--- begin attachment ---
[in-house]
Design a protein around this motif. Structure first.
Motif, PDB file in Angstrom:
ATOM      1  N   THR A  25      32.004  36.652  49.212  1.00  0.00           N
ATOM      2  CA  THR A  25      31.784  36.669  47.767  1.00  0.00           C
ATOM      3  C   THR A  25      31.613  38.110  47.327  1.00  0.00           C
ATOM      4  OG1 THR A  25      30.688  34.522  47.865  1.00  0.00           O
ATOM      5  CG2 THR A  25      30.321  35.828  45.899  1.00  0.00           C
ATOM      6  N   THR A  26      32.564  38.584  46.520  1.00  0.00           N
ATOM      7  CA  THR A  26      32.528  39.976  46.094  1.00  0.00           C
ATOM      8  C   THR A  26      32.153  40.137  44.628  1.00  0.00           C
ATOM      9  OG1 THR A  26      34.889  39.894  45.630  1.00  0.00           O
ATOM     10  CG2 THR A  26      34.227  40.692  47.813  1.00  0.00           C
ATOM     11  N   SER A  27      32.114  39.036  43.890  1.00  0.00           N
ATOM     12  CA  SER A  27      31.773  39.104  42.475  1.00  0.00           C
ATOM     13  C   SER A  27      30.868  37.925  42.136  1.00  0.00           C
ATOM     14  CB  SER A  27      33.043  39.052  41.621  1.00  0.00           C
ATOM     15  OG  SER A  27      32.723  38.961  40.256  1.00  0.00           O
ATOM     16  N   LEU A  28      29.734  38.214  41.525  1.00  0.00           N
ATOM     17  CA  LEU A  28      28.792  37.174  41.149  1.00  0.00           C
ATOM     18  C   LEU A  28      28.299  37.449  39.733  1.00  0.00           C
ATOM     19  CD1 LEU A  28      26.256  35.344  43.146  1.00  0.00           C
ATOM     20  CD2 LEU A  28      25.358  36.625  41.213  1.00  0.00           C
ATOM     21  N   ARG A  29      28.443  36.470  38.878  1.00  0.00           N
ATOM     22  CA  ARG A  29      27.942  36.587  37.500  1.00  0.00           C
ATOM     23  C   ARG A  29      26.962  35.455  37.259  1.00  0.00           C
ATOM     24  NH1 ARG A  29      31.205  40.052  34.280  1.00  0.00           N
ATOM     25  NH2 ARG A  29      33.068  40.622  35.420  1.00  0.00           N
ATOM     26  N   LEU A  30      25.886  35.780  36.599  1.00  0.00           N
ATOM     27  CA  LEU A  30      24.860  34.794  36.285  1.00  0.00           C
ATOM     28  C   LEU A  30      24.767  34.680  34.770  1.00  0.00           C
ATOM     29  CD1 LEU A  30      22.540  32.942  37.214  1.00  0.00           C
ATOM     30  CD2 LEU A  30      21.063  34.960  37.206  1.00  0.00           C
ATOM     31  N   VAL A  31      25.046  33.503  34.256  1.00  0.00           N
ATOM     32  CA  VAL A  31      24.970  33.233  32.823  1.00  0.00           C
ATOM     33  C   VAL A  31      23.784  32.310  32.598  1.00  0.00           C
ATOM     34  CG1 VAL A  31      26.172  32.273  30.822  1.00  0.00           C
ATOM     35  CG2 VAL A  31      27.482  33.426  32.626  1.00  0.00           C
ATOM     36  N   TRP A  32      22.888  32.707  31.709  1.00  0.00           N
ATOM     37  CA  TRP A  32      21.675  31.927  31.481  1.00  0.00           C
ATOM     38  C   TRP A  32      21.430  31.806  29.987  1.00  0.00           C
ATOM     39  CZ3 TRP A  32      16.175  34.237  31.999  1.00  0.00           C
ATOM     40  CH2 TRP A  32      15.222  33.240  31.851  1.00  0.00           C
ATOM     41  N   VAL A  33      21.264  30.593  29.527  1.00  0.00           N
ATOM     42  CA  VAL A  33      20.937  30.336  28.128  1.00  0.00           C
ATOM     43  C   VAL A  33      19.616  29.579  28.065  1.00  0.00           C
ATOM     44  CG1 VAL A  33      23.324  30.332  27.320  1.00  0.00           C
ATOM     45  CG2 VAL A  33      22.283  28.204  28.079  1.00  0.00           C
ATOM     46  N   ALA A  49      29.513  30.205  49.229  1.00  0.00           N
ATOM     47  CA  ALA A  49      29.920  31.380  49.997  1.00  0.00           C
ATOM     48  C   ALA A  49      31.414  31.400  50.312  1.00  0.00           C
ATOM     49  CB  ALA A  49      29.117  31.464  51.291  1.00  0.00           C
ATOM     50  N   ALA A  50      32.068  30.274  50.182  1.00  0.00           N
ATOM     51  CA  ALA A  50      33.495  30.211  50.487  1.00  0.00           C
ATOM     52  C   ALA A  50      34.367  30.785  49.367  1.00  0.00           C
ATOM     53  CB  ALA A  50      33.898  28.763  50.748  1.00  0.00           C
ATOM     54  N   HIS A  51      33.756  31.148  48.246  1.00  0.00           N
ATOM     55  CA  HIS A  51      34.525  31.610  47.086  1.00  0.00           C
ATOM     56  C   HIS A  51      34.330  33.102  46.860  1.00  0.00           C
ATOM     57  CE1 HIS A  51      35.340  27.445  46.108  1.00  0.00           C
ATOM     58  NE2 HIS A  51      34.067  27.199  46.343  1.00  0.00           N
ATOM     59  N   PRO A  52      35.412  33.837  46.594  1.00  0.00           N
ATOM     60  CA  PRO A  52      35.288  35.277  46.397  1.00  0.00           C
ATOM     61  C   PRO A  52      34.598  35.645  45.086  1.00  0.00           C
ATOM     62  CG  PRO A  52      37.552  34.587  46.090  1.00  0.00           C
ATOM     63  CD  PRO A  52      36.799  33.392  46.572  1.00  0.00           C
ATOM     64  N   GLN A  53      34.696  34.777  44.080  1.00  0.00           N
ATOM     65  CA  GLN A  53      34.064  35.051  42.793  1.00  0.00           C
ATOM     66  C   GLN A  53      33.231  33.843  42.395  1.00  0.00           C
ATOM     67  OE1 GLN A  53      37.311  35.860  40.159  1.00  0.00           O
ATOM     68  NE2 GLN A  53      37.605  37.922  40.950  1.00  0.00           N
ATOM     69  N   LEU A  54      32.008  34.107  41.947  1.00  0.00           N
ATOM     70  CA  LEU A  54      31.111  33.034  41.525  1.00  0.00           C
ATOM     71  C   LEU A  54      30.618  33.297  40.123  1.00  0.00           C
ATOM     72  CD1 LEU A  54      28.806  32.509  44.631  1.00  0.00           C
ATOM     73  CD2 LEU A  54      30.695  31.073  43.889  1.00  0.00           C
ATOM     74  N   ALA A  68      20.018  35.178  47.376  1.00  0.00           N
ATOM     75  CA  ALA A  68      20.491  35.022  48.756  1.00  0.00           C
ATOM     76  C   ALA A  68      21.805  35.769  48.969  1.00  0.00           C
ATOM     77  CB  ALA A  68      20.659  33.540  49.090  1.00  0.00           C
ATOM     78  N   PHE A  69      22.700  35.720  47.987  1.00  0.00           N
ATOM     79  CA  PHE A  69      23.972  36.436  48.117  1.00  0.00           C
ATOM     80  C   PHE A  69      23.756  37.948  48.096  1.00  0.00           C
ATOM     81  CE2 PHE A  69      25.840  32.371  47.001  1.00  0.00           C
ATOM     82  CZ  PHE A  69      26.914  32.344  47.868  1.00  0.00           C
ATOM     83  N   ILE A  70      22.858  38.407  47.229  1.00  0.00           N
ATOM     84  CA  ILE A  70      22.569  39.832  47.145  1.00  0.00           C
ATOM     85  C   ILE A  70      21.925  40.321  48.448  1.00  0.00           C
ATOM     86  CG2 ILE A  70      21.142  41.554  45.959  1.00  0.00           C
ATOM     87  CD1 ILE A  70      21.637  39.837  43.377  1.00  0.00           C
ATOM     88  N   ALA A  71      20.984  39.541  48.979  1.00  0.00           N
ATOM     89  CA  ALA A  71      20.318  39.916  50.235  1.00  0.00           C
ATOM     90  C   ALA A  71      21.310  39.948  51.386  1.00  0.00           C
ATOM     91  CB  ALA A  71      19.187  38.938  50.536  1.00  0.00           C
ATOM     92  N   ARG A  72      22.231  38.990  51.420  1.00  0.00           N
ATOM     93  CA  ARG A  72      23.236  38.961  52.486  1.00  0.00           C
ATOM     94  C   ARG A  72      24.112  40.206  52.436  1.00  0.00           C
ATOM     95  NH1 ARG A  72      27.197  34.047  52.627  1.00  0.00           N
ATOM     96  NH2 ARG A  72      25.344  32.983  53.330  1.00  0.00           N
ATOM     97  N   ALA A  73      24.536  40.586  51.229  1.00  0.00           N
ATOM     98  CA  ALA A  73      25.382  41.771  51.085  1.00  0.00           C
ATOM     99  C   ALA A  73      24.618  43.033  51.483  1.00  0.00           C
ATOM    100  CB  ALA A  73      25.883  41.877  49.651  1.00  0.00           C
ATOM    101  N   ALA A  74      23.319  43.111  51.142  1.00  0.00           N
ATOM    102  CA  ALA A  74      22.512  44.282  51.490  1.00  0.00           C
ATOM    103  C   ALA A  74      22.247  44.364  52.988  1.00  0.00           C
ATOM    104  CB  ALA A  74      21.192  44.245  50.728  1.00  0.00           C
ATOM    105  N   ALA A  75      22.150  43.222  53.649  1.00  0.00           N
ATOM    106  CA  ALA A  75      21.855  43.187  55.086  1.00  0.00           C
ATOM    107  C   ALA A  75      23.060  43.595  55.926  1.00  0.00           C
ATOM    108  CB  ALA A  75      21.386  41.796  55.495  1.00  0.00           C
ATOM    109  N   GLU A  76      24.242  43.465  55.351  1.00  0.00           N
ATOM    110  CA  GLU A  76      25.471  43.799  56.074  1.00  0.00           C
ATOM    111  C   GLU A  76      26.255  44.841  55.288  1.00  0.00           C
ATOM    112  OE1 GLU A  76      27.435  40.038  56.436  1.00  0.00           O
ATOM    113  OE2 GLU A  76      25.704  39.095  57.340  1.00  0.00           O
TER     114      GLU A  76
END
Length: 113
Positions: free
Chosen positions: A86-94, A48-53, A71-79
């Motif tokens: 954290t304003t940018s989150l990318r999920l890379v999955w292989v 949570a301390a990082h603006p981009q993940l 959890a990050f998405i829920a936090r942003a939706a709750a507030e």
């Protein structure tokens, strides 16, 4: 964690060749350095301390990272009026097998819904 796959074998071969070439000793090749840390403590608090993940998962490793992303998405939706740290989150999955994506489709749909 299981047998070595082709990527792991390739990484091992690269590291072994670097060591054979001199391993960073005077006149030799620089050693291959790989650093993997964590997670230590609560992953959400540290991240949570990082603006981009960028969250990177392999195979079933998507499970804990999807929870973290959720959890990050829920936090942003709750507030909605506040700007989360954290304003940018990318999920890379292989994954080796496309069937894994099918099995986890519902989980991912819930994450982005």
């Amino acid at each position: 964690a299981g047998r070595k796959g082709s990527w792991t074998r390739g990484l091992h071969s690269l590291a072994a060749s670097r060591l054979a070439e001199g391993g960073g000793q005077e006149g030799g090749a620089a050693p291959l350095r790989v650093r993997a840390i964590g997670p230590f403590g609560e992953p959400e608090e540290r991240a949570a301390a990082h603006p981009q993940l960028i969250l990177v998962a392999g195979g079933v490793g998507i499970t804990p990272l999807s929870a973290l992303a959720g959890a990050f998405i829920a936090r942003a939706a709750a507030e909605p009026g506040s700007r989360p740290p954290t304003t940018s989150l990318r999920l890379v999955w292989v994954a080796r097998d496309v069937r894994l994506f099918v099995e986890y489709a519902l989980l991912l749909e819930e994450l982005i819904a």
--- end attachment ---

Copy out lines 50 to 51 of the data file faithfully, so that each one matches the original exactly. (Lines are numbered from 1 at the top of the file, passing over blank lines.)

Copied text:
ATOM     47  CA  ALA A  49      29.920  31.380  49.997  1.00  0.00           C
ATOM     48  C   ALA A  49      31.414  31.400  50.312  1.00  0.00           C